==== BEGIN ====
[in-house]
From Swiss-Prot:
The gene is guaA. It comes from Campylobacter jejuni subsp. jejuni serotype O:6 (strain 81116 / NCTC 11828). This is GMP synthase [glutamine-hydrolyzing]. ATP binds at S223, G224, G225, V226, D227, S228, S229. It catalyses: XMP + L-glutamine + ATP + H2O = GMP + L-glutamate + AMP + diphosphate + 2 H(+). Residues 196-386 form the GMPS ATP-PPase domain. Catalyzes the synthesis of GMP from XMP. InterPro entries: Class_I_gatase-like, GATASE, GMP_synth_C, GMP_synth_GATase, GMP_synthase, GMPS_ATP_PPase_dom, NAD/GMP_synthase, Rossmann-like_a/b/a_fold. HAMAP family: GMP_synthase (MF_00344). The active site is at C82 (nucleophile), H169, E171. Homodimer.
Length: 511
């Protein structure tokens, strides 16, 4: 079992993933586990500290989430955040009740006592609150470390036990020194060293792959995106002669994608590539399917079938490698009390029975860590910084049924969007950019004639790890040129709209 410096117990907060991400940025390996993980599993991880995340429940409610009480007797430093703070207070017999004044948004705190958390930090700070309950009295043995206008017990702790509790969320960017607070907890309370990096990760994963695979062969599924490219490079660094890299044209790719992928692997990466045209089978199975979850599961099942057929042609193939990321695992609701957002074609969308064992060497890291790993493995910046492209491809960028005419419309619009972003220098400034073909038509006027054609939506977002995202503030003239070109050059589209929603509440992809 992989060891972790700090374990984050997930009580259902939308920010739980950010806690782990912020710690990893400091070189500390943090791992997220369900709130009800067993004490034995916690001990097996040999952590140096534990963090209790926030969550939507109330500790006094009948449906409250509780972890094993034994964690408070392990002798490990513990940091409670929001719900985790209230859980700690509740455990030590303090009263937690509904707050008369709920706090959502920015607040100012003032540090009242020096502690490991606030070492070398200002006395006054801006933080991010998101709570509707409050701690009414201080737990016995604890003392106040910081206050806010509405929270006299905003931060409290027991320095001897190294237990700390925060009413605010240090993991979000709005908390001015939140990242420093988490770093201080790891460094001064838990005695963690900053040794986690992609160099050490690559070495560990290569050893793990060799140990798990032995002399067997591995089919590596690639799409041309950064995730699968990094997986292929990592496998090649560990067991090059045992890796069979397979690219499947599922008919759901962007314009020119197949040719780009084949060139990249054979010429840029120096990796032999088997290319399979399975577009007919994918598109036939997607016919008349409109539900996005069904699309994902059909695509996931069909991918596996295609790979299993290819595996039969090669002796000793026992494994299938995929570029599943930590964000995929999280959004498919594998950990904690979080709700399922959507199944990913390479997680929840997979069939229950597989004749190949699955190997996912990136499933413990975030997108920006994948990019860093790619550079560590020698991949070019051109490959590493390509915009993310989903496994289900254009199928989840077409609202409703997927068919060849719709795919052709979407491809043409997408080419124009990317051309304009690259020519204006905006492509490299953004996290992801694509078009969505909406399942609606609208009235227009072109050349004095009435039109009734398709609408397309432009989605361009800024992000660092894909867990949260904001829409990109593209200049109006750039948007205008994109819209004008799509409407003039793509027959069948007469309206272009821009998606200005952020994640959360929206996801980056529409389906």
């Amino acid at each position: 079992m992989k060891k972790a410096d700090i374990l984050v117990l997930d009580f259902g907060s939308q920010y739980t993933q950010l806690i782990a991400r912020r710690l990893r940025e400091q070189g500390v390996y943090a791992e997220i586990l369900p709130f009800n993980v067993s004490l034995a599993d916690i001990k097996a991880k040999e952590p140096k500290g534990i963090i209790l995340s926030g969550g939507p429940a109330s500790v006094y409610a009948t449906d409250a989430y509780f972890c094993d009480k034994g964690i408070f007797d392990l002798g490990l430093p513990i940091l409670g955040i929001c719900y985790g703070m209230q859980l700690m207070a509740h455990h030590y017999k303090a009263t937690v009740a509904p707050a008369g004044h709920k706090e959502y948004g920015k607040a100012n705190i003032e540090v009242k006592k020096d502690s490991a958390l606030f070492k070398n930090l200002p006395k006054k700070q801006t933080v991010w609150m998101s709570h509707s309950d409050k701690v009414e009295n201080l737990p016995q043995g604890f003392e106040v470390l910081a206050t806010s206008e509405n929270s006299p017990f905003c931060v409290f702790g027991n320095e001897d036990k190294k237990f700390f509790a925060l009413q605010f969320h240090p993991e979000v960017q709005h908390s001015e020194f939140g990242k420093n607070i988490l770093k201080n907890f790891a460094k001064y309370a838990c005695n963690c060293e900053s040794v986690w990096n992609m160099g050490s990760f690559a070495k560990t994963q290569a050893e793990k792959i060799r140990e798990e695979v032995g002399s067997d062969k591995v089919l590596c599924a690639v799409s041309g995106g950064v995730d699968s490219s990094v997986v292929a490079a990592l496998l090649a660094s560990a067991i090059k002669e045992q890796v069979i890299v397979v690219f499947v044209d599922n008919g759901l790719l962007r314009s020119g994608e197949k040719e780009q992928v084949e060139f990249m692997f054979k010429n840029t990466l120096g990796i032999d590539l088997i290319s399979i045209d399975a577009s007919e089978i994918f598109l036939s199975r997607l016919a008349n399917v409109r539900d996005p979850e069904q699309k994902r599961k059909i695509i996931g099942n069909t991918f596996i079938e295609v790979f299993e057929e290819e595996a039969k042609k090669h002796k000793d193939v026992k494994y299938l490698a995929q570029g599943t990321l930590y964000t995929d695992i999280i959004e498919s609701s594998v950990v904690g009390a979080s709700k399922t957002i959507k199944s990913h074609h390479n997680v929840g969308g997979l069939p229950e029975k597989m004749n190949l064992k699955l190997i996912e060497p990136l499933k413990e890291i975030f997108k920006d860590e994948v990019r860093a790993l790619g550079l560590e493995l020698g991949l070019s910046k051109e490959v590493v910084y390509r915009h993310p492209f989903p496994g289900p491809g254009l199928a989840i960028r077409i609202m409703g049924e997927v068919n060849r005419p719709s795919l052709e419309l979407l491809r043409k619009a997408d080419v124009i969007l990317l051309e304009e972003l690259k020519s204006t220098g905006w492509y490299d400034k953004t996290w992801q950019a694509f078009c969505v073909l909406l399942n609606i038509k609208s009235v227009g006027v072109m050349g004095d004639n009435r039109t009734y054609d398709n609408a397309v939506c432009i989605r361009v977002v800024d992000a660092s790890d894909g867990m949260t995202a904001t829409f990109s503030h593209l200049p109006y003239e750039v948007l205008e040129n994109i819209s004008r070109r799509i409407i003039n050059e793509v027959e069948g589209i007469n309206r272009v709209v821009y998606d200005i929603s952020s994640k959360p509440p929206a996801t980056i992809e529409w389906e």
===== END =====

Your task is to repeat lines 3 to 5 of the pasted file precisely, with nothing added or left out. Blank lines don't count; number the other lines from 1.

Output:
The gene is guaA. It comes from Campylobacter jejuni subsp. jejuni serotype O:6 (strain 81116 / NCTC 11828). This is GMP synthase [glutamine-hydrolyzing]. ATP binds at S223, G224, G225, V226, D227, S228, S229. It catalyses: XMP + L-glutamine + ATP + H2O = GMP + L-glutamate + AMP + diphosphate + 2 H(+). Residues 196-386 form the GMPS ATP-PPase domain. Catalyzes the synthesis of GMP from XMP. InterPro entries: Class_I_gatase-like, GATASE, GMP_synth_C, GMP_synth_GATase, GMP_synthase, GMPS_ATP_PPase_dom, NAD/GMP_synthase, Rossmann-like_a/b/a_fold. HAMAP family: GMP_synthase (MF_00344). The active site is at C82 (nucleophile), H169, E171. Homodimer.
Length: 511
């Protein structure tokens, strides 16, 4: 079992993933586990500290989430955040009740006592609150470390036990020194060293792959995106002669994608590539399917079938490698009390029975860590910084049924969007950019004639790890040129709209 410096117990907060991400940025390996993980599993991880995340429940409610009480007797430093703070207070017999004044948004705190958390930090700070309950009295043995206008017990702790509790969320960017607070907890309370990096990760994963695979062969599924490219490079660094890299044209790719992928692997990466045209089978199975979850599961099942057929042609193939990321695992609701957002074609969308064992060497890291790993493995910046492209491809960028005419419309619009972003220098400034073909038509006027054609939506977002995202503030003239070109050059589209929603509440992809 992989060891972790700090374990984050997930009580259902939308920010739980950010806690782990912020710690990893400091070189500390943090791992997220369900709130009800067993004490034995916690001990097996040999952590140096534990963090209790926030969550939507109330500790006094009948449906409250509780972890094993034994964690408070392990002798490990513990940091409670929001719900985790209230859980700690509740455990030590303090009263937690509904707050008369709920706090959502920015607040100012003032540090009242020096502690490991606030070492070398200002006395006054801006933080991010998101709570509707409050701690009414201080737990016995604890003392106040910081206050806010509405929270006299905003931060409290027991320095001897190294237990700390925060009413605010240090993991979000709005908390001015939140990242420093988490770093201080790891460094001064838990005695963690900053040794986690992609160099050490690559070495560990290569050893793990060799140990798990032995002399067997591995089919590596690639799409041309950064995730699968990094997986292929990592496998090649560990067991090059045992890796069979397979690219499947599922008919759901962007314009020119197949040719780009084949060139990249054979010429840029120096990796032999088997290319399979399975577009007919994918598109036939997607016919008349409109539900996005069904699309994902059909695509996931069909991918596996295609790979299993290819595996039969090669002796000793026992494994299938995929570029599943930590964000995929999280959004498919594998950990904690979080709700399922959507199944990913390479997680929840997979069939229950597989004749190949699955190997996912990136499933413990975030997108920006994948990019860093790619550079560590020698991949070019051109490959590493390509915009993310989903496994289900254009199928989840077409609202409703997927068919060849719709795919052709979407491809043409997408080419124009990317051309304009690259020519204006905006492509490299953004996290992801694509078009969505909406399942609606609208009235227009072109050349004095009435039109009734398709609408397309432009989605361009800024992000660092894909867990949260904001829409990109593209200049109006750039948007205008994109819209004008799509409407003039793509027959069948007469309206272009821009998606200005952020994640959360929206996801980056529409389906």